The Leaders' Corner - Michael Anhorn, Canadian Mental Health Association
Michael Anhorn is a warm person with a reputation for collaboration and sharing. He grew up in Penzance, Saskatchewan, a small farming community, and realized early on that a career as a farmer was not for him. After university, Michael began a Masters of Divinity at Queens Theological College, but did not complete it. Instead, he realized he could fight for the causes that he is passionate about – social justice, inclusion, and social housing – within the not-for-profit sector. Over the years, Michael has held a variety of roles in government and the not-for-profit sector, giving him a broad and deep perspective of the sector.
Michael is also passionate about the importance of leadership development and capacity building. He has experienced much on his own leadership journey. A particular new interest is in change leadership, explored when he recently led the successful amalgamation of 3 formerly independently incorporated Branches of the Canadian Mental Health Association. Through the project, he realized that positive change is only possible with the people front and centre. To accomplish this, Michael and the leadership team at CMHA aimed to have minimal to no impact on program participants, and provided staff with opportunities to celebrate the successes of their original branch, grieve its loss and develop hopes and dreams for the amalgamated branch. As with most transitions of this size, there were bumps and unexpected turns along the way; however, the staff team seems to be coalescing and have remained resilient and committed to their program participants.
Leader: Michael Anhorn, Executive Director
Organization: Canadian Mental Health Association, Vancouver-Fraser
Tenure: Since November 2012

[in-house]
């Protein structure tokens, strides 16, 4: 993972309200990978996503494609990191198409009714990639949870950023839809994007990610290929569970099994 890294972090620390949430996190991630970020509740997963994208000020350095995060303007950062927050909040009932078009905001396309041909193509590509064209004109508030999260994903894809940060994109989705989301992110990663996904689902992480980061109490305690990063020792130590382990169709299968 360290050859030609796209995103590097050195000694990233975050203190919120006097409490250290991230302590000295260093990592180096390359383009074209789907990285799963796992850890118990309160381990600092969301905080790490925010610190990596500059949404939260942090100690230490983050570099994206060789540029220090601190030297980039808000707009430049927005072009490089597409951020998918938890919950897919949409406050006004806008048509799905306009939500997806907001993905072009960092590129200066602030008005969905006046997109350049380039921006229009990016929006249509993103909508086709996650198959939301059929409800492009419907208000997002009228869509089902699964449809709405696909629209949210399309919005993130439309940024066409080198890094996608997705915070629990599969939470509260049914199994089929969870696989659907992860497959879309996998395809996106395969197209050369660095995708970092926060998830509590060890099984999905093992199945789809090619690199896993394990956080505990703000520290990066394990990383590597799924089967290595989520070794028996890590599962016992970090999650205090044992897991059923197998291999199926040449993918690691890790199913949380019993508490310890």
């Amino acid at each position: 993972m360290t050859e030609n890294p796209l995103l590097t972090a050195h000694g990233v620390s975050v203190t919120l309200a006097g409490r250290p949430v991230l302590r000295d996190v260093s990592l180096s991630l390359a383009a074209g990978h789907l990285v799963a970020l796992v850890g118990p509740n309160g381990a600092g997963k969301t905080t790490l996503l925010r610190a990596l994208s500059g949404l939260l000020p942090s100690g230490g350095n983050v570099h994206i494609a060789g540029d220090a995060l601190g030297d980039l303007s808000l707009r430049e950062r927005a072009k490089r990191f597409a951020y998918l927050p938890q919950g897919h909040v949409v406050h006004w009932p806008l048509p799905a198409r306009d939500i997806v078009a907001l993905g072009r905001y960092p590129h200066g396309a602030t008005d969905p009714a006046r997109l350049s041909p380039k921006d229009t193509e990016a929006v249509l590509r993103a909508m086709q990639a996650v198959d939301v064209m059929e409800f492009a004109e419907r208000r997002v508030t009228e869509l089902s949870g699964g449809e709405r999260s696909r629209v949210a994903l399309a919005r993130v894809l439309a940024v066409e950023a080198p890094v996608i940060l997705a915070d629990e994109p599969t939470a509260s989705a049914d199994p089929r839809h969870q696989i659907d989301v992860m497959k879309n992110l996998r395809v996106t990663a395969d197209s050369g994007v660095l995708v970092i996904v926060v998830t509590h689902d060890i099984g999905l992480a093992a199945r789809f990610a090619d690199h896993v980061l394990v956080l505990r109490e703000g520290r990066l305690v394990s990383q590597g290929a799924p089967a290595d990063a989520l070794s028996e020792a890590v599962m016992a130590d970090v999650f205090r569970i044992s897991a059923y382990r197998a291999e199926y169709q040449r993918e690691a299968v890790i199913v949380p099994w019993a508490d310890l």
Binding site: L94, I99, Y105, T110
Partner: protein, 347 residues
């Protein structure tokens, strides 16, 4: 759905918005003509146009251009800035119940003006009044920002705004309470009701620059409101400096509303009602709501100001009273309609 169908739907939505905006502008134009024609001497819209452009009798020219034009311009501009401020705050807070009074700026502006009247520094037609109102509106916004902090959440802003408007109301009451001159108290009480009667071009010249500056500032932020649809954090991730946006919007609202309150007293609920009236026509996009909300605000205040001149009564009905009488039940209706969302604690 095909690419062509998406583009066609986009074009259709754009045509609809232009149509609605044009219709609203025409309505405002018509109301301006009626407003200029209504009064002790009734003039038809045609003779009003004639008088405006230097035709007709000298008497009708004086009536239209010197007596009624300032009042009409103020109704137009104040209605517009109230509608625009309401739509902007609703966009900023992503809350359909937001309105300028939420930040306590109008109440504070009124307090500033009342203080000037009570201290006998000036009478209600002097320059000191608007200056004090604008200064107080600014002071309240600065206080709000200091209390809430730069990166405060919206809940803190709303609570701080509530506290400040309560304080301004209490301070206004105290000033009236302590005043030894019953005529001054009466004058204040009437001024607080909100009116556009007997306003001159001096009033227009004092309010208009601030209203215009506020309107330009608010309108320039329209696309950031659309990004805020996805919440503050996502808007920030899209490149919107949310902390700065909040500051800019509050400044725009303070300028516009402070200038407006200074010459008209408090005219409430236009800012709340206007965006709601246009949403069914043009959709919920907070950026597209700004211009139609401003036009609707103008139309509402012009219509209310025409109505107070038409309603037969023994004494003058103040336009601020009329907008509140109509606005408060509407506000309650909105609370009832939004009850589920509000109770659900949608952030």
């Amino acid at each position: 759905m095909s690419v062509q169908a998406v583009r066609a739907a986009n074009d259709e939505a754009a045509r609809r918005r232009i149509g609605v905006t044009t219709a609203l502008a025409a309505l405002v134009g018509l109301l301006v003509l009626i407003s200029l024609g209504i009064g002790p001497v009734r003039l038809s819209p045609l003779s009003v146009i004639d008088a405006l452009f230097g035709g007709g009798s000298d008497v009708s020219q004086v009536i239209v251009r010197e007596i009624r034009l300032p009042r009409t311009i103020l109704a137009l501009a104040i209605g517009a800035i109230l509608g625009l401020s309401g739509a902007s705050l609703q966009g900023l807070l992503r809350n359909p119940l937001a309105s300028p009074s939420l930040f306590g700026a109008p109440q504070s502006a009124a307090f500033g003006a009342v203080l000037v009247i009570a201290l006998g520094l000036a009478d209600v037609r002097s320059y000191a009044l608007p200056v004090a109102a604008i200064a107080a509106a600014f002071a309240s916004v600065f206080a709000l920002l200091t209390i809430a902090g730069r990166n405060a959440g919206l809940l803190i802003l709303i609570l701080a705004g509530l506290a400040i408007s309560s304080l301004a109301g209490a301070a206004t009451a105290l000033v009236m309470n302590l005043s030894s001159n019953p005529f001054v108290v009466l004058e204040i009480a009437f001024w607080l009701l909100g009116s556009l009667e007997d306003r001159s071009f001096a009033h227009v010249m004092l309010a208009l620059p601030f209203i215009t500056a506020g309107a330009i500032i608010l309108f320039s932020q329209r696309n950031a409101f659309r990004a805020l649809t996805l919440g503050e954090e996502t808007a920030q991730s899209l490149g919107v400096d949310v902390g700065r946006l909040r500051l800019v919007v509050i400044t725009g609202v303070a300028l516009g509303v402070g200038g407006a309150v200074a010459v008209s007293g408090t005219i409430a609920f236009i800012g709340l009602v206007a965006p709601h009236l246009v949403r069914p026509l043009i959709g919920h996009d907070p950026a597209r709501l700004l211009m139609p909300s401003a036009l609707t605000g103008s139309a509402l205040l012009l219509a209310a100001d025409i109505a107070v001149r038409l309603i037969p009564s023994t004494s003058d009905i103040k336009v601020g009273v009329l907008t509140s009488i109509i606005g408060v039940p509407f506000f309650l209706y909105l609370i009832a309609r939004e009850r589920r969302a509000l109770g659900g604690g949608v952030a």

Leadership or life motto: “Out beyond ideas of wrongdoing and rightdoing there is a field. Want to come play?” (Rumi as translated by Jamshed Storer)
Integrating 3 cultures into 1 new organization. Expanding programming into areas previously not served by CMHA (Surrey and Langley).
If you could have dinner with anyone alive or dead, who would it be?
Do you have a mentor? What is the biggest lesson they ever taught you?
I’ve been lucky to have many mentors throughout my life. It is too hard to name only one or two. The three most important lessons they taught me are: 1) Figure out the ‘right’ thing to do and then do it (even if doing so is personally risky); 2) Approach everything from the perspective of curiosity – curiosity reduces our tendency to jump to judgment and forces us to listen; and 3) When you are lost, return to your heart and listen for the quiet voice that resides there.
Who is your favourite leader from a movie?
Jean Luc Picard. Although I’m not a huge Star Trek fan, I do admire the collaborative and developmental leadership style of Jean Luc Picard.
What is your greatest fear?
Disappointing others. It’s a fear I need to stay very conscious of so that I don’t give into it in leadership roles.
What trait do you most admire in others?
Compassion combined with visionary thinking
What is your favorite book?
Leadership on the Line: Staying Alive Through the Dangers of Leading by Ronald Heifetz and Martin Linsky
What do you do for fun?
I travel to places that are quiet, remote, and where cell phones don’t work. There I can listen to the wind in the trees and water rushing in the streams.
What would your super power be?
Invoking compassion and empathy in others.
What impact do you want to make on the world?
I want to increase the value attributed to the not-for-profit sector in our society and by doing so, increase the inclusion of people who are traditionally left out or left behind in our communities.
What is the best gift you have ever received?
A cooler. It was a present for my grade 12 graduation that I still have and use regularly.